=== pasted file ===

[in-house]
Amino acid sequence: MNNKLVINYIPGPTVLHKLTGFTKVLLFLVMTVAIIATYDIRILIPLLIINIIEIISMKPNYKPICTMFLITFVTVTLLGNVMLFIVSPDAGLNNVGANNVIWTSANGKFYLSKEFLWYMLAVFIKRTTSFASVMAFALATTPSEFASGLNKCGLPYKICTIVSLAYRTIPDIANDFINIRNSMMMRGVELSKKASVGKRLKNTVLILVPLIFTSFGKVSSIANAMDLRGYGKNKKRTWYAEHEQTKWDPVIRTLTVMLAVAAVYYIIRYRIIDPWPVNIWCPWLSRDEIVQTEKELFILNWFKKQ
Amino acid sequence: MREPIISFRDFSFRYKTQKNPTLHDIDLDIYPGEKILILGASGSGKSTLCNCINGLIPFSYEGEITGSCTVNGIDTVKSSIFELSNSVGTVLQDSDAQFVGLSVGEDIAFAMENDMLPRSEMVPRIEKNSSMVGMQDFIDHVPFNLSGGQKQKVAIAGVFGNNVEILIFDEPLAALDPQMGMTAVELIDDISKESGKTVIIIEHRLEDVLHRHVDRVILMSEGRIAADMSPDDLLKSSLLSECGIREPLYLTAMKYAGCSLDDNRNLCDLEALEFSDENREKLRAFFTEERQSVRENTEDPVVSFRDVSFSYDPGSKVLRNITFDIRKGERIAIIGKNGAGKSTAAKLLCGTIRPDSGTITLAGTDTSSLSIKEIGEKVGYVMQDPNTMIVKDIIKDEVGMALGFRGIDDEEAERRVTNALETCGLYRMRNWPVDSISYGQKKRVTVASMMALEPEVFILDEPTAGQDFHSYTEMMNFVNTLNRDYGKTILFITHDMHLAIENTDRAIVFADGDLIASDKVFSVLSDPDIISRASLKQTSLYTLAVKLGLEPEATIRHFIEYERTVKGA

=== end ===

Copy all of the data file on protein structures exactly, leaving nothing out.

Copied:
[in-house]
Amino acid sequence: MNNKLVINYIPGPTVLHKLTGFTKVLLFLVMTVAIIATYDIRILIPLLIINIIEIISMKPNYKPICTMFLITFVTVTLLGNVMLFIVSPDAGLNNVGANNVIWTSANGKFYLSKEFLWYMLAVFIKRTTSFASVMAFALATTPSEFASGLNKCGLPYKICTIVSLAYRTIPDIANDFINIRNSMMMRGVELSKKASVGKRLKNTVLILVPLIFTSFGKVSSIANAMDLRGYGKNKKRTWYAEHEQTKWDPVIRTLTVMLAVAAVYYIIRYRIIDPWPVNIWCPWLSRDEIVQTEKELFILNWFKKQ
Amino acid sequence: MREPIISFRDFSFRYKTQKNPTLHDIDLDIYPGEKILILGASGSGKSTLCNCINGLIPFSYEGEITGSCTVNGIDTVKSSIFELSNSVGTVLQDSDAQFVGLSVGEDIAFAMENDMLPRSEMVPRIEKNSSMVGMQDFIDHVPFNLSGGQKQKVAIAGVFGNNVEILIFDEPLAALDPQMGMTAVELIDDISKESGKTVIIIEHRLEDVLHRHVDRVILMSEGRIAADMSPDDLLKSSLLSECGIREPLYLTAMKYAGCSLDDNRNLCDLEALEFSDENREKLRAFFTEERQSVRENTEDPVVSFRDVSFSYDPGSKVLRNITFDIRKGERIAIIGKNGAGKSTAAKLLCGTIRPDSGTITLAGTDTSSLSIKEIGEKVGYVMQDPNTMIVKDIIKDEVGMALGFRGIDDEEAERRVTNALETCGLYRMRNWPVDSISYGQKKRVTVASMMALEPEVFILDEPTAGQDFHSYTEMMNFVNTLNRDYGKTILFITHDMHLAIENTDRAIVFADGDLIASDKVFSVLSDPDIISRASLKQTSLYTLAVKLGLEPEATIRHFIEYERTVKGA